It was just too much to think about. So I remember being like, just one step at a time. The doctor, not the infectious disease doctor, the other one that I had gone after I checked into the inpatient room, she was so kind and called my mom. My mom called my husband every day. just to see how they were doing and checking in on them. And so I felt very good about that.
Remdesivir was a successful drug for you
I can only speak from my own experience, but I thought that was an incredibly powerful [medication]. And I just feel that [medication] could be the one to save people. It’s all because they were telling me not only about my own experience. They’re telling me about other people who have taken it.
There was somebody who was very, very sick for two days, very sick – worse than me. And then they took it and then they were able to go home shortly after. So I feel it was something that was not only helping me, but it was helping other people.
It’s in clinical trial so not widely available. You were one of the lucky ones.
It’s not that easy to get remdesivir apparently at other hospitals. Cause my poor dad, who I infected, was at Washington hospital in Fremont and they gave him hydroxychloroquine which you may have heard about in the news. It is something that is used to treat malaria. It’s something you take orally. I told him he should ask them for remdesivir and then my mom told it to the nurse.
My dad was on a ventilator so he wasn’t really able to do a lot of communicating on his own. So my mom told the nurse and they said that’s a last resort. We don’t just give that out. And so I realized that Stanford is a very well-resourced hospital. A lot of places are not just gonna give it to you. I’m feeling very sad at that point, but really thankful for my own experience.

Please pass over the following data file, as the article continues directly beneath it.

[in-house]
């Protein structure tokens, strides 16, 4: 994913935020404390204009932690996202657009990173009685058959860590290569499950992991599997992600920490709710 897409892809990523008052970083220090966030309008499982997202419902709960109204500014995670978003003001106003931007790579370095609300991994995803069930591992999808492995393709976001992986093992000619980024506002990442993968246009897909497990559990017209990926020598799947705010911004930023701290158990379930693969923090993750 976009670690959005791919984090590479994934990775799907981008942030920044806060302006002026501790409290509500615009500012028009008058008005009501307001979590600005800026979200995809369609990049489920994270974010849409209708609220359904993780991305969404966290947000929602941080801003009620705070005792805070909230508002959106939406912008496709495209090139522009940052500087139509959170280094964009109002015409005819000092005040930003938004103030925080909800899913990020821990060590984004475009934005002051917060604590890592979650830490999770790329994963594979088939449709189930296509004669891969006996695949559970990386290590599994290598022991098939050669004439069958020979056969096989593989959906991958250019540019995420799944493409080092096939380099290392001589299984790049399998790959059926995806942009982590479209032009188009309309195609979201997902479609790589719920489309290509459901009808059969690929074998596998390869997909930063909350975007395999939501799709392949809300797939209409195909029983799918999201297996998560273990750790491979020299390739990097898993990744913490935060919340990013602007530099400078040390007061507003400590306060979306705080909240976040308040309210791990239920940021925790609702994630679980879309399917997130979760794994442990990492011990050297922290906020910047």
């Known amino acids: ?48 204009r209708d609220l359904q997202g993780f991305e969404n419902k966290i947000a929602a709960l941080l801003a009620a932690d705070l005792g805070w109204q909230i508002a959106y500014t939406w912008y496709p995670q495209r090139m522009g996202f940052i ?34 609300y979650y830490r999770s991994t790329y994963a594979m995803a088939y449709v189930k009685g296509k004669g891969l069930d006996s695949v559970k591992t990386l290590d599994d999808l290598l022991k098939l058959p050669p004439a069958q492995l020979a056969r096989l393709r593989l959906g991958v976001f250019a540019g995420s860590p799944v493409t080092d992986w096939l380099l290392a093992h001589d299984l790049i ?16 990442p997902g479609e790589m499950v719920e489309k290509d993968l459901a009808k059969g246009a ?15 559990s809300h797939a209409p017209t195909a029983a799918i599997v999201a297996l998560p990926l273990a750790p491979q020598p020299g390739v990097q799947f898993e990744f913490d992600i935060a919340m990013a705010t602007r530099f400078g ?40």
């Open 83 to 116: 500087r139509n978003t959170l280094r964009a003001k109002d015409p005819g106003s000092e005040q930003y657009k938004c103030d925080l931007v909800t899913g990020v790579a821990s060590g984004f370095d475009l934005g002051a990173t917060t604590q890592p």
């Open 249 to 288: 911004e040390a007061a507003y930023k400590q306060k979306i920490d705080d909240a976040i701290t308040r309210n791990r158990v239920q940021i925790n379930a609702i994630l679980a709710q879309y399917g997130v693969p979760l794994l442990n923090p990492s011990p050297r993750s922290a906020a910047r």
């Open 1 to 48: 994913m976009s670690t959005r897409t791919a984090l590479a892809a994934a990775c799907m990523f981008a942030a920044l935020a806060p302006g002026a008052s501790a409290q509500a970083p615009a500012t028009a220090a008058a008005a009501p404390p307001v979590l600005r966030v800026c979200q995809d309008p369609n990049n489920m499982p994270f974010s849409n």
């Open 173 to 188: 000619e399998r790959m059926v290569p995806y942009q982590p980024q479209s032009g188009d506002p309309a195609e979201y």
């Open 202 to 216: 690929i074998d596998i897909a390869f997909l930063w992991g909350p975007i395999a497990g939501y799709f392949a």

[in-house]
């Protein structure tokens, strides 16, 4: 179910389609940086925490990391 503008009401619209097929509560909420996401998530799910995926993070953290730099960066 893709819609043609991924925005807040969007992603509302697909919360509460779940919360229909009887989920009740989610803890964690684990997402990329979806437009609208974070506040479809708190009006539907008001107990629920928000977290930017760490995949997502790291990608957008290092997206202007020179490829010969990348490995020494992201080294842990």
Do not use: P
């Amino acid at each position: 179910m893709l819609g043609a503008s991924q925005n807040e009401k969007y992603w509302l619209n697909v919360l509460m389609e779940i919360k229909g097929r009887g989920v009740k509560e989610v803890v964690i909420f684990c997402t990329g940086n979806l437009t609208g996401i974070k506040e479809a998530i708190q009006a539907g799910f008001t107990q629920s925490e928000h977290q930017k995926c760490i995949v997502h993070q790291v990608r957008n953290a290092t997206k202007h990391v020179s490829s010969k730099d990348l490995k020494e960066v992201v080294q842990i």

Availability of remdesivir
I’m jumping timelines but after I was discharged, the research coordinator who was working for the infectious diseases doctor called me to check up on how I was doing. I gave her all the details, I was feeling a lot better.
I asked is this going to be more broadly available? She said this is still a clinical drug trial but everyone we’ve given it to has had a similar reaction to you which is that they’ve gotten better quickly. It turned a lot of cases that were severe into moderate to mild ones pretty quickly.
Everyone who’s coming to Stanford, we’re giving it to people, not just people with COVID, it covers a broad range of cases. You don’t just have to necessarily be testing positive. It could be even if you haven’t gotten your positive test back, we might be able to give it to you and do something about it because they’ve seen it make such a big difference.
I felt very good about that. That there’s a [drug] at least I know personally that worked for me, sounds it’s working for other people, that you can get this broadly at Stanford.
How did they make the decision to discharge you from the hospital?
They discharged me that day because they felt they also saw a lot of progress. They don’t need to just keep coming every day to take my temperature and to throw out their PPE. I have COVID, but I can go home and I can self-manage. I could be an outpatient. They said they would just call me and every day check in. So they gave me some paperwork to fill out.
Quarantine at Home
How long was the recovery and then the self-quarantine?